Indian billionaire Gautam Adani speaks during an inauguration ceremony after the Adani Group completed the purchase of Haifa Port in Haifa Port, Israel, on Jan 31, 2023. (PHOTO / REUTERS)
BENGALURU - Shares in Indian tycoon Gautam Adani's conglomerate plunged again on Wednesday as a rout in his companies deepened to $86 billion in the wake of a US short-seller report, with the billionaire also losing his title as Asia's richest person.
Wednesday's stock losses saw Adani slip to 15th on Forbes rich list with an estimated net worth of $75.1 billion, below rival Mukesh Ambani, the chairman of Reliance Industries Ltd who ranks ninth with a net worth of $83.7 billion.
Before the critical report by US short-seller Hindenburg, Adani had ranked third.
The losses mark a dramatic setback for Adani, the school-dropout-turned-billionaire whose fortunes rose rapidly in recent years in line with stock values of his businesses that include ports, airports, mining, cement and power. Now, the tycoon is fighting to stabilize his companies and defend his reputation
The losses mark a dramatic setback for Adani, the school-dropout-turned-billionaire whose fortunes rose rapidly in recent years in line with stock values of his businesses that include ports, airports, mining, cement and power. Now, the tycoon is fighting to stabilize his companies and defend his reputation.
READ MORE: Aussie regulator reviews short-seller report on India's Adani
The share slides come just a day after the Adani Group managed to muster support from investors for a $2.5 billion share sale for flagship firm Adani Enterprises, in what some saw as a stamp of investor confidence at a time of crisis.
The report by Hindenburg Research last week alleged improper use by the group of offshore tax havens and stock manipulation. It also raised concerns about high debt and the valuations of seven listed Adani companies.
The group has denied the allegations, saying the short-seller's narrative of stock manipulation has "no basis" and stems from an ignorance of Indian law. It has always made the necessary regulatory disclosures, it added.
Shares in Adani Enterprises, often described as the incubator of Adani businesses, plunged 28 percent on Wednesday, bringing its losses since the Hindenburg report to more than $18 billion. Adani Ports and Special Economic Zone dropped 19 percent. Both stocks marked their worst day ever.
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"The kind of fall that we are seeing in Adani stocks is scary," said Avinash Gorakshakar, head of research at Mumbai-based Profitmart Securities.
Adani Power and Adani Wilmar fell 5 percent each, and Adani Total Gas slumped 10 percent, with all three falling by their daily price limits. Adani Transmission was down 3 percent and Adani Green Energy 5.6 percent.
Adani Total Gas, a joint venture with France's Total, has been the biggest casualty of the short seller report, losing about $27 billion.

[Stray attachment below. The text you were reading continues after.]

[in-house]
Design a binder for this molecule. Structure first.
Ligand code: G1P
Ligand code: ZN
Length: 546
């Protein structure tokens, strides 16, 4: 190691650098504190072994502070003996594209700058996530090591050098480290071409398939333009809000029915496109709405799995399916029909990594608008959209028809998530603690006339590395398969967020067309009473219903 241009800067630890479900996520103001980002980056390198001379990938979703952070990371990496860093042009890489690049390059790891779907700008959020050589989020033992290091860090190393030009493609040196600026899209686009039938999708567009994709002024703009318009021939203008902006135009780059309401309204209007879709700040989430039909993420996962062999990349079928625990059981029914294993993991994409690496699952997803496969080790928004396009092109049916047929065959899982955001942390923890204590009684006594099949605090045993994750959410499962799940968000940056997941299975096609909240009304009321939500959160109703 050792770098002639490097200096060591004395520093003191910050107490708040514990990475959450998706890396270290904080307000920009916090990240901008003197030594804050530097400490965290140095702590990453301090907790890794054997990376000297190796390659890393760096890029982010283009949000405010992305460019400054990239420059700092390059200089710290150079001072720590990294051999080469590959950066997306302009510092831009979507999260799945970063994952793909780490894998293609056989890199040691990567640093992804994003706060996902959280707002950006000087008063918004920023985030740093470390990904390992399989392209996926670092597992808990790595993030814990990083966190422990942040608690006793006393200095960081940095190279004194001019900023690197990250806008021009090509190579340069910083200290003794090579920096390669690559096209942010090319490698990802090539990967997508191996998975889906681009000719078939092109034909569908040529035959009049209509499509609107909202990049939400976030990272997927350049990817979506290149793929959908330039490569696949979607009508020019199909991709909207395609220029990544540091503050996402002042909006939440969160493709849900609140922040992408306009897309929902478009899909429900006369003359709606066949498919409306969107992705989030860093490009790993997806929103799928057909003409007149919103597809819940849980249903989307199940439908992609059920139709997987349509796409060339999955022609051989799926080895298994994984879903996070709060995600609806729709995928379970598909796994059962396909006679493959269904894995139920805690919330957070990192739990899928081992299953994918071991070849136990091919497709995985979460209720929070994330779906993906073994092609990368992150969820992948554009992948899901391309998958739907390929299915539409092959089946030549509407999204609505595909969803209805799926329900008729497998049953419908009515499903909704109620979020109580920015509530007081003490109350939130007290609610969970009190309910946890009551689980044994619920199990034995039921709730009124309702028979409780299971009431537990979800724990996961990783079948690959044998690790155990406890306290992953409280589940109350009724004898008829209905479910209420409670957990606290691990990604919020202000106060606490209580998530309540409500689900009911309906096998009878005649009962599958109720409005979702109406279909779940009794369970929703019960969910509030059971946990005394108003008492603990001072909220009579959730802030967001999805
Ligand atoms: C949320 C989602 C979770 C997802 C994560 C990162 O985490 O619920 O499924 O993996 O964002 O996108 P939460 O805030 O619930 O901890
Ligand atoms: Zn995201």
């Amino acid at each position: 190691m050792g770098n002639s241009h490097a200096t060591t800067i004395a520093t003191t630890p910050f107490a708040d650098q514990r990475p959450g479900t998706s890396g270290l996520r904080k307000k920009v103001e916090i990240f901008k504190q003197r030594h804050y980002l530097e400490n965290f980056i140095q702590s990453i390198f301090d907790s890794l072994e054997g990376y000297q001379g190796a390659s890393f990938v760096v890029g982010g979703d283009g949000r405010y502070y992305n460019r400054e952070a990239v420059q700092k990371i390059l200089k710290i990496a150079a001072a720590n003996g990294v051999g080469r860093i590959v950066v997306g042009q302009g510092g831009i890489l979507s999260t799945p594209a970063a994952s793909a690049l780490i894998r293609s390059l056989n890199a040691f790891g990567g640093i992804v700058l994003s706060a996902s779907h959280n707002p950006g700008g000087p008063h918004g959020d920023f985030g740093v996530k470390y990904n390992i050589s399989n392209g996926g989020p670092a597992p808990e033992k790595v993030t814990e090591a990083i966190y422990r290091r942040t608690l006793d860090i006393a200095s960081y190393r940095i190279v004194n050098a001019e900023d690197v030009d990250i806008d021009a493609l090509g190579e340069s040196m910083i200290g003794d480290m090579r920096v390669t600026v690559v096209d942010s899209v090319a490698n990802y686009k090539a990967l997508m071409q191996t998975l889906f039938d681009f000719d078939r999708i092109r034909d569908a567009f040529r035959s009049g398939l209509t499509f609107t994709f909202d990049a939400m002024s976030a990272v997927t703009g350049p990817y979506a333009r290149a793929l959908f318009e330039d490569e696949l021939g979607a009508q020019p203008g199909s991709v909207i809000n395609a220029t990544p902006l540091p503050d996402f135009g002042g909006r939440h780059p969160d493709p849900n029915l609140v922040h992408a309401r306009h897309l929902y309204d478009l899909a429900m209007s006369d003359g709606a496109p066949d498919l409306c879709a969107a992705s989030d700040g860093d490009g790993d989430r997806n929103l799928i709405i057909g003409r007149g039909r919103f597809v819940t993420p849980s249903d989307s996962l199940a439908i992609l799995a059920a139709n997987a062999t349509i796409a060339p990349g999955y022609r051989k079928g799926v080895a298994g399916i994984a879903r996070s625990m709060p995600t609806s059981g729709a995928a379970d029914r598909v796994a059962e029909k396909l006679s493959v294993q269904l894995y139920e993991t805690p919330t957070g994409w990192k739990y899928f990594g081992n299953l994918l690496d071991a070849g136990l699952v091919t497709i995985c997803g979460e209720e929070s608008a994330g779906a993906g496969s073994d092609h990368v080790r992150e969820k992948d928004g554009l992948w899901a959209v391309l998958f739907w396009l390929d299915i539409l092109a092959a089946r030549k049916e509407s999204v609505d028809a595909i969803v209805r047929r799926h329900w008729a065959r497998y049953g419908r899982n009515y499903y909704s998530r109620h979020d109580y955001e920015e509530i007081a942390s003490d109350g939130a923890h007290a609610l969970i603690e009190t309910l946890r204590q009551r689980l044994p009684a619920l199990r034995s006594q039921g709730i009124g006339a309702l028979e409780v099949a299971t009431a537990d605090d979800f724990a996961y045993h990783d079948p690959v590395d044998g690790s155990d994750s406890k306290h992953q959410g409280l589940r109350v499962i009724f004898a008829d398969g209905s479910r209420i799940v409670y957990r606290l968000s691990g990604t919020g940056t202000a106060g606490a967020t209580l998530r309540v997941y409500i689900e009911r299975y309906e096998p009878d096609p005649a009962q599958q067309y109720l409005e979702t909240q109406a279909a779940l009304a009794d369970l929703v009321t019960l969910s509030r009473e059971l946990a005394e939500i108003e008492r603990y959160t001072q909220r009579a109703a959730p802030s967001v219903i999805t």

After losing $86 billion in recent days, the seven listed Adani Group entities now have a combined market capitalization of about $131 billion.
Underscoring the nervousness in some quarters, Bloomberg reported on Wednesday that Credit Suisse had stopped accepting bonds of Adani group companies as collateral for margin loans to its private banking clients.
Deven Choksey, managing director of KRChoksey Shares and Securities, said this was a big factor in Wednesday's share slides.
Credit Suisse had no immediate comment.
"There was a slight bounce yesterday after the share sale went through, after seeming improbable at a point, but now the weak market sentiment has become visible again after the bombshell Hindenburg report," said Ambareesh Baliga, a Mumbai-based independent market analyst.
"With the stocks down despite Adani's rebuttal, it clearly shows some damage on investor sentiment. It will take a while to stabilise," Baliga added.
READ MORE: Adani begins record share sale as short seller triggers $44b rout
Shares in cement firms ACC and Ambuja Cements, which Adani Group bought from Switzerland's Holcim for $10.5 billion last year, were down 6.2 percent and 16.7 percent, respectively.
Scrutiny of the conglomerate is stepping up, with an Australian regulator saying on Wednesday it would review Hindenburg's allegations to see if further enquiries were warranted
Scrutiny of the conglomerate is stepping up, with an Australian regulator saying on Wednesday it would review Hindenburg's allegations to see if further enquiries were warranted.
Data also showed that foreign investors sold a net $1.5 billion worth of Indian equities after the Hindenburg report - the biggest outflow over four consecutive days since Sept 30.
Headaches for the Adani Group are expected to continue for some time.
India's markets regulator, which has been looking into deals by the conglomerate, has said it will add Hindenburg's report to its own preliminary investigation.
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India's state-run Life Insurance Corporation (LIC) said on Monday it would seek clarifications from Adani's management on the short seller report. LIC owned a 4.23 percent stake in Adani Enterprises as of end-December and more than 9 percent in Adani Ports and Special Economic Zone. The insurance giant was also a key investor in Adani's recent share sale.
Siddhartha Mohanty, one of LIC's managing directors, said in interviews on Monday that the insurer was engaging with the Adani Group but was positive on its investments.
Hindenburg said in its report it had shorted US-bonds and non-India traded derivatives of the Adani Group.
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